Solved

output to a file

Posted on 2004-10-28
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Last Modified: 2010-04-15
when i run the code as shown below, and print the output to an output file, a blank line is always printed first, behavior i don't actually want. i can't find out what is causing this.

========================= a sample run ==========
crux:~/achille/a4_1> ./cs450words -d ../a5/komlaaa.4.wordExamples.input > f.out
crux:~/achille/a4_1> cat f.out

DISTINCT: 19
crux:~/achille/a4_1> ./cs450words -c ../a5/komlaaa.4.wordExamples.input > f.out
crux:~/achille/a4_1> cat f.out

MOST COMMON WORD: 0-a 1
crux:~/achille/a4_1> ./cs450words -t ../a5/komlaaa.4.wordExamples.input > f.out
crux:~/achille/a4_1> cat f.out

TOTAL: 19
crux:~/achille/a4_1>
0
Question by:komlaaa
    6 Comments
     

    Author Comment

    by:komlaaa

    ====================== PIECE OF MAIN =======================
    well... the parts of my main the print those output are below and see the .h for the implementation of those function:
     if( true == checkT ){
        std::cout<<"TOTAL: "<<w.getTotalCount()<<endl;
      }

      if( true == checkD ){
        std::cout<<"DISTINCT: " <<w.getDistinctCount()<<endl;
      }

     if( true == checkC ){
       std::cout<<"MOST COMMON WORD: "<<w.getMostCommonWord()<<" "<<w.getMostCommonCount()<<endl;
     }

     if( true == checkL ){
      w.display(w.begin(), w.end());
     }


    0
     
    LVL 5

    Expert Comment

    by:van_dy
    make sure you arent printing a stray newline anywhere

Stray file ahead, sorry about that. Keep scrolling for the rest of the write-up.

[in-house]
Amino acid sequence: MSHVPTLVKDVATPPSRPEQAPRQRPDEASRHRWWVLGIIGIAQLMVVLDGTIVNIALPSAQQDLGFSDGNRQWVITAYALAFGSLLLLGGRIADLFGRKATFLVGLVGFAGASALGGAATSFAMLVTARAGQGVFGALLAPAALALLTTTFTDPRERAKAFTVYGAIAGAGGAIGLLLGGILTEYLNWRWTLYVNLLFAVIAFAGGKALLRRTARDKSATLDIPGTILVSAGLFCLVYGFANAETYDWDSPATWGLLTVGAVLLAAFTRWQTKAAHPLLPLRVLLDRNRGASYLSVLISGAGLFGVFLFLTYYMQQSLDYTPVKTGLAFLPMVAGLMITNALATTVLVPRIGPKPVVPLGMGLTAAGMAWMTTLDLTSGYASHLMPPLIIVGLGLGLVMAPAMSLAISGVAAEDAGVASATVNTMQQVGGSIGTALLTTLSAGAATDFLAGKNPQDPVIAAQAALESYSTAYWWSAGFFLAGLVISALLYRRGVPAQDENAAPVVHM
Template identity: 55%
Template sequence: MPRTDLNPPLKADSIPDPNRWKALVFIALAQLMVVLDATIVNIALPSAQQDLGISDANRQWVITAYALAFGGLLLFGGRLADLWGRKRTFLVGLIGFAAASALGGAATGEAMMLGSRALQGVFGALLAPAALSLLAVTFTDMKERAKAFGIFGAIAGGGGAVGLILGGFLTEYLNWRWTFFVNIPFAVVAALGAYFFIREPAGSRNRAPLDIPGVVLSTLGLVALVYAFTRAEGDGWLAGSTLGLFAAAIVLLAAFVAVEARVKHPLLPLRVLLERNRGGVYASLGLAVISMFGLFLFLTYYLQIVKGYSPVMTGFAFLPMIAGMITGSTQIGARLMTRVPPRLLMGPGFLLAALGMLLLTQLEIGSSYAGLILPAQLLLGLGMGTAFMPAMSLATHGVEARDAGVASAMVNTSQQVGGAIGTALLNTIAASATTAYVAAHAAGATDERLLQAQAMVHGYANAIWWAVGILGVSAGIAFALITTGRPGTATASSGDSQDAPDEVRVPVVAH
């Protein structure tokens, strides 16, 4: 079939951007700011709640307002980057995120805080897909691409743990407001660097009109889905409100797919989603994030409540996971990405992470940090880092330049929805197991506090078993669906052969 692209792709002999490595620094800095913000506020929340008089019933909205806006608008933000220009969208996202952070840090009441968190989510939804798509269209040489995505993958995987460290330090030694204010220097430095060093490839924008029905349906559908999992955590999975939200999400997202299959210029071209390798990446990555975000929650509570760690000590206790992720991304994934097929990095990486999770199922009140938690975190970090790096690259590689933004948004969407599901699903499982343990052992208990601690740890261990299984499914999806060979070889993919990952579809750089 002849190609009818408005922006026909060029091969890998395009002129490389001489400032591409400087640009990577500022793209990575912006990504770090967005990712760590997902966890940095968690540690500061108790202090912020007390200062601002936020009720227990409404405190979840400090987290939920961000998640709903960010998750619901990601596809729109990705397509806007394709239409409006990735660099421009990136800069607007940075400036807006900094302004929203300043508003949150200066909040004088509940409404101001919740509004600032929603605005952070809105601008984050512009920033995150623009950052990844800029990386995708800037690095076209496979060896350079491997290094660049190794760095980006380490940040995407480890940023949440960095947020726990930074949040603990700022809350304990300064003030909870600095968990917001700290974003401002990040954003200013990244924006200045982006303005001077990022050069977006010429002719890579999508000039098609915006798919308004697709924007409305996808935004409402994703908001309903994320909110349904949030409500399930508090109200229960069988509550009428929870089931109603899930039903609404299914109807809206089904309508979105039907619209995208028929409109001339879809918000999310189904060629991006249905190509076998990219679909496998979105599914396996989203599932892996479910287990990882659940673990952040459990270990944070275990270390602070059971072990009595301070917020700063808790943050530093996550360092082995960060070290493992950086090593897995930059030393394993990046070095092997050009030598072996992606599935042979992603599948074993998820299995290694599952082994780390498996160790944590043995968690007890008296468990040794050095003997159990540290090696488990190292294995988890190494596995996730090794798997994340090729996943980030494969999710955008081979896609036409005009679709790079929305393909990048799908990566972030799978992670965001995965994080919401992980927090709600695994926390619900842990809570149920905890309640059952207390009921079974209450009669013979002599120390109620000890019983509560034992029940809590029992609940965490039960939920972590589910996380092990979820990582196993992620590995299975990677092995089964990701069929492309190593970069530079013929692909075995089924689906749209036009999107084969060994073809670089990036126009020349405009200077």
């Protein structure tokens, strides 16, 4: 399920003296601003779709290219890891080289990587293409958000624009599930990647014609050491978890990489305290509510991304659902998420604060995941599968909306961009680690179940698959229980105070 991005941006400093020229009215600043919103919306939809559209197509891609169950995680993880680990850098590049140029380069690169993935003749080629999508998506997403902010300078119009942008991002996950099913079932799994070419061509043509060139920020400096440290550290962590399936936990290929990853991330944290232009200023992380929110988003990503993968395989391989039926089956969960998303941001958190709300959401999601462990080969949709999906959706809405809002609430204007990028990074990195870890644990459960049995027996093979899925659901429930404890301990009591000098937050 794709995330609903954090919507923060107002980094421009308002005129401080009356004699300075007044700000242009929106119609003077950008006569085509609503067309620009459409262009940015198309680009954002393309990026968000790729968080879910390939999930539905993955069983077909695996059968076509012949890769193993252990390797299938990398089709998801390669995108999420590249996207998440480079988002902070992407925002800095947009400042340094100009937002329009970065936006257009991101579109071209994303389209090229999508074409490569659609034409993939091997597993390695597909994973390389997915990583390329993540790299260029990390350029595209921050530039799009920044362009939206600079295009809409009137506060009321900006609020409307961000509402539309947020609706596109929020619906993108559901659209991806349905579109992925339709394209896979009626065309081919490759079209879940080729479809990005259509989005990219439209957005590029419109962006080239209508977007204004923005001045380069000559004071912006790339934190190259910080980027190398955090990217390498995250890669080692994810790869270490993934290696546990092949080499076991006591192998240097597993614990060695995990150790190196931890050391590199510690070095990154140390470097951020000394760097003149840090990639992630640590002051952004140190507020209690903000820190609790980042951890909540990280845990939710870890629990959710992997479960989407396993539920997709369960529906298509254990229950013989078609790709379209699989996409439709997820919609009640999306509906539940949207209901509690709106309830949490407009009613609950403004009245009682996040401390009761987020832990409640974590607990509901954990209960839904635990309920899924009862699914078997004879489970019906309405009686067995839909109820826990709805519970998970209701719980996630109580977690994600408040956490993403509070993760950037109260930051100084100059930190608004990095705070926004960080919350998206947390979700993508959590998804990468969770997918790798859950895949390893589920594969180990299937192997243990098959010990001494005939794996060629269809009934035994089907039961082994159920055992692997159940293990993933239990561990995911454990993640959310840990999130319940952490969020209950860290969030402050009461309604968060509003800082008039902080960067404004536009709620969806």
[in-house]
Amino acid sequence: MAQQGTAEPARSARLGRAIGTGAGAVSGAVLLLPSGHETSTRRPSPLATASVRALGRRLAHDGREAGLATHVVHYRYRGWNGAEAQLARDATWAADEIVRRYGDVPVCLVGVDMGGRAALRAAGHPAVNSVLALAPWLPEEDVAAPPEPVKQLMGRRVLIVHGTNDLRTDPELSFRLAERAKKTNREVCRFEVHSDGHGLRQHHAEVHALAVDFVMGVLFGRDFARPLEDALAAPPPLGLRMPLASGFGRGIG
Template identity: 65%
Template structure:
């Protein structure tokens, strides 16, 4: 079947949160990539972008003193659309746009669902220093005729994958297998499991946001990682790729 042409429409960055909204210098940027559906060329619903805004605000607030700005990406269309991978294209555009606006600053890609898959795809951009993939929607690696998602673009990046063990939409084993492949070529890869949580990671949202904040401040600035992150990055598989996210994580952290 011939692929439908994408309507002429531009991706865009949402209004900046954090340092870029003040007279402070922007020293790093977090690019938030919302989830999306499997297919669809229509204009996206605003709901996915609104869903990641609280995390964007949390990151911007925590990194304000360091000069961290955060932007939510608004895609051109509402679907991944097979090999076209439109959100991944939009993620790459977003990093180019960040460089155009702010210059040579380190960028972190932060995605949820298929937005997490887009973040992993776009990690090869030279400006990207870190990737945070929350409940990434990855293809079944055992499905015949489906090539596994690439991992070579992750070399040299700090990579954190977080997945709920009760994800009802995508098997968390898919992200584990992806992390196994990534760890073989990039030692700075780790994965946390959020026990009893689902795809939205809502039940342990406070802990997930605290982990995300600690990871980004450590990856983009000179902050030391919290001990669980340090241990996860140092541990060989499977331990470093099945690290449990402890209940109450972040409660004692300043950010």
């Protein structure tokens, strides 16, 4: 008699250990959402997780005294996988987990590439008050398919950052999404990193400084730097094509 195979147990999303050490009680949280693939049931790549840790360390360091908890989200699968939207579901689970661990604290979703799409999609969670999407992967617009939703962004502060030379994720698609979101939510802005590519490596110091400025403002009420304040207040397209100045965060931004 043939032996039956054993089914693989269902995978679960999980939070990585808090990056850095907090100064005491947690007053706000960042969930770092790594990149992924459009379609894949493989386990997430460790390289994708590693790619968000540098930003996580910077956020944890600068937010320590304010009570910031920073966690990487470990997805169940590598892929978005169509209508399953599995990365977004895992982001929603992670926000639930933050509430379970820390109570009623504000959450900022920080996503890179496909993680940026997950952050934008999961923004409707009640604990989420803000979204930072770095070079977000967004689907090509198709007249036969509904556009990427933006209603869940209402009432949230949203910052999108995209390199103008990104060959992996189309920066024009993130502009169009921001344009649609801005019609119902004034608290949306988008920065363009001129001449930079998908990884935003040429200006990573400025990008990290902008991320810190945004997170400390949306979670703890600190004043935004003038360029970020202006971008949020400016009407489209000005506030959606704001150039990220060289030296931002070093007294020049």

in the main() before this part of code you have posted.
    0
     
    LVL 5

    Accepted Solution

    by:
    hello komla,
             please take a look into wc.cpp


    void wc::read(std::istream* f)
    {
            std::string word;
            int count = 0;

            (*f) >> word;


            while((*f)>>word){
                    removePunc(word);

                    if(passWordTest(word)){
                              if( words.find(word) == words.end()  )
                               words[word] = 0;
                             words[word]++;
                             count++; //count the number of word stored.
                    }
            }
      if(words.size() == 0)
    {
      std::cout<<"Not a word file\n";
      exit(0);
      std::cout<<endl;                // this is what you need to remove
      totalCount = count;
      distinctCount = words.size();
    }

    0
     

    Author Comment

    by:komlaaa
    That was a wonderful catch. :)
    Thanks
    0
     

    Author Comment

    by:komlaaa
    is it because we i am using std::cout and not simply cout tha std::cout is printing into file and not on screen?
    0
     
    LVL 5

    Expert Comment

    by:van_dy
    std::cout  identifies the 'cout' of the standard namespace. suppose
    you use something like

    using namspace std;

    then you can use cout . however if you dont give the
    abovce using directive, the compiler needs to be told what namespace
    it should search for to find the cout. hence we specify std::cout.

    Now directing the output to a file by a command like

    crux:~/achille/a4_1> ./cs450words -t ../a5/komlaaa.4.wordExamples.input > f.out

    is the responsibiloity of the shell, not of the cout operator.  when the shell executes
    a command(like cs450words), it has 3 files open for it by default, STDIN, STDOUT, STDERR.
    most of the times these are the terminal. However '< file' makes STDIN = file, '> file2' makes STDOUT =
    files2' and '2> file3' makes  STDERR = file3.

    like in above example you have directed your output to f.out, std::cout is simply writing on the
    STDOUT, which in this case happens to be open at f.out
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